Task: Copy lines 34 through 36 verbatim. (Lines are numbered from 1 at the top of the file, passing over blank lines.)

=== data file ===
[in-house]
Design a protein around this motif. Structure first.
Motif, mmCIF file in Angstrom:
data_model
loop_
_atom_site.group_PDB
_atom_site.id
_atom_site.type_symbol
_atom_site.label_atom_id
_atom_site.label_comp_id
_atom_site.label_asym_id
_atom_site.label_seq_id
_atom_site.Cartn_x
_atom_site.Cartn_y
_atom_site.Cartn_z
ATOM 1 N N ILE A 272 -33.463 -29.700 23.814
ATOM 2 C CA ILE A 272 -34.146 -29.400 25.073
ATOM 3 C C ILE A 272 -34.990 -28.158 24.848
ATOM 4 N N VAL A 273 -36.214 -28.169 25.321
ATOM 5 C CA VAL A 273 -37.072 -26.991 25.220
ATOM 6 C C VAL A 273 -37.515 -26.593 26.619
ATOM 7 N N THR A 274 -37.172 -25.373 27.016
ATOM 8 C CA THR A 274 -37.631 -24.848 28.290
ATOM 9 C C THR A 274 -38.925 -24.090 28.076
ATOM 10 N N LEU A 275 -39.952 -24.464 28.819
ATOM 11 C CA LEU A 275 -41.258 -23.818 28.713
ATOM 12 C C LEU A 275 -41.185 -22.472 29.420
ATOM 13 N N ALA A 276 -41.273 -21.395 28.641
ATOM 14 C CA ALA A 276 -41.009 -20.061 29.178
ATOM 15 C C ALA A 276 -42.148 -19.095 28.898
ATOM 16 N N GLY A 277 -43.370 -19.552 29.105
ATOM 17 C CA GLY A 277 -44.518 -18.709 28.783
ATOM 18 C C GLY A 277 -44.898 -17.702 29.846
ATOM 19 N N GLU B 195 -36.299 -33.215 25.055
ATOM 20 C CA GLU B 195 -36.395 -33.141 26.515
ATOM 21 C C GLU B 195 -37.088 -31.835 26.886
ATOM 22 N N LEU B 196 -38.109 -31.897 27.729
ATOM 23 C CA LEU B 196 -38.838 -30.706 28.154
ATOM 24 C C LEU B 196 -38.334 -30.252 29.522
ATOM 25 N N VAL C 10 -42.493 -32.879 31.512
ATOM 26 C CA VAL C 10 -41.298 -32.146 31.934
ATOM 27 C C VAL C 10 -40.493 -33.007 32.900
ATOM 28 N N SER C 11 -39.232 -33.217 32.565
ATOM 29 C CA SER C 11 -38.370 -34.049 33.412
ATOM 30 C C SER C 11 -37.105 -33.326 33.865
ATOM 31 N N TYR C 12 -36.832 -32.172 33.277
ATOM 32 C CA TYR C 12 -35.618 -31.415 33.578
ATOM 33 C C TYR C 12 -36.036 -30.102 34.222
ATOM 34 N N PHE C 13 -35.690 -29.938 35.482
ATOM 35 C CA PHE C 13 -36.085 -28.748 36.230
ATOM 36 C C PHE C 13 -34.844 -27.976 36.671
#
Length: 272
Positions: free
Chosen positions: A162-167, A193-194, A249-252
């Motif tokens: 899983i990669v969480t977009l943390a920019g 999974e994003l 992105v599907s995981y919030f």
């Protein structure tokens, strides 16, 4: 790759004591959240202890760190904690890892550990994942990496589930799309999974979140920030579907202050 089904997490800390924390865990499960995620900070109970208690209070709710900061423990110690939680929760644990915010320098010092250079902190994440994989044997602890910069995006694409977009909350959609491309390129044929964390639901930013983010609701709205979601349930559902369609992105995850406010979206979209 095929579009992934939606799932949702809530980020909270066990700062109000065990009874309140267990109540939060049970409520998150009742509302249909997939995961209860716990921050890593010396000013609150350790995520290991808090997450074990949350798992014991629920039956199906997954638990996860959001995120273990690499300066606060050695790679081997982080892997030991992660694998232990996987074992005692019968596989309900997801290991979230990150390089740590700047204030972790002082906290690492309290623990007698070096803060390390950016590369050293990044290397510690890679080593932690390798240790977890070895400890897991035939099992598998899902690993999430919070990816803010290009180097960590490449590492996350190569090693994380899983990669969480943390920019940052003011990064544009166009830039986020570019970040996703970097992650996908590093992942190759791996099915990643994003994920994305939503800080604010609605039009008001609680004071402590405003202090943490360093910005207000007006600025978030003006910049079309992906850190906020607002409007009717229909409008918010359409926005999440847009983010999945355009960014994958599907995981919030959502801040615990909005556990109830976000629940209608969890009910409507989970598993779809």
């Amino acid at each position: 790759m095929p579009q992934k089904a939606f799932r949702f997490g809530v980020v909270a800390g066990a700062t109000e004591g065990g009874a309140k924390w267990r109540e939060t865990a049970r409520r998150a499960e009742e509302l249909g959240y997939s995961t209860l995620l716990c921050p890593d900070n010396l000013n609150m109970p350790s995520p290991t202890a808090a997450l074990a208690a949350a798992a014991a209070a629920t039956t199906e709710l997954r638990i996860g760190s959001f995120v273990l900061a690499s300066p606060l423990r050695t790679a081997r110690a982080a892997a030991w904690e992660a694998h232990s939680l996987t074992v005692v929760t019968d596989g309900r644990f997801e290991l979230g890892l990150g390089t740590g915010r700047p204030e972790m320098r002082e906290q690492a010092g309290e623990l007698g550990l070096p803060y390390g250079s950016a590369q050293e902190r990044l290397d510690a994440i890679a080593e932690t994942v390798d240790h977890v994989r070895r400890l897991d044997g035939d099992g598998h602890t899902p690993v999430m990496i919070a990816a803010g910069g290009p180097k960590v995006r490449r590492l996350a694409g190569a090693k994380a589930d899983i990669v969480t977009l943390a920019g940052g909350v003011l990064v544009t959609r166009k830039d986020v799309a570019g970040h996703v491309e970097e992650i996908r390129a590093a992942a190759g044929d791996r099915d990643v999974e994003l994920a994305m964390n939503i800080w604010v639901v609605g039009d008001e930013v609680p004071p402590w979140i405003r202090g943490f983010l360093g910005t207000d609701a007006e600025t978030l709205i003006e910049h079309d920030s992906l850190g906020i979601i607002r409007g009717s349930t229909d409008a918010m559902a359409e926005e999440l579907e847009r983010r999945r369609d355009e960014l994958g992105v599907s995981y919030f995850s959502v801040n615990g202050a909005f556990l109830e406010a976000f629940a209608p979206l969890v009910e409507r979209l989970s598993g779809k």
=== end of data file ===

ATOM 19 N N GLU B 195 -36.299 -33.215 25.055
ATOM 20 C CA GLU B 195 -36.395 -33.141 26.515
ATOM 21 C C GLU B 195 -37.088 -31.835 26.886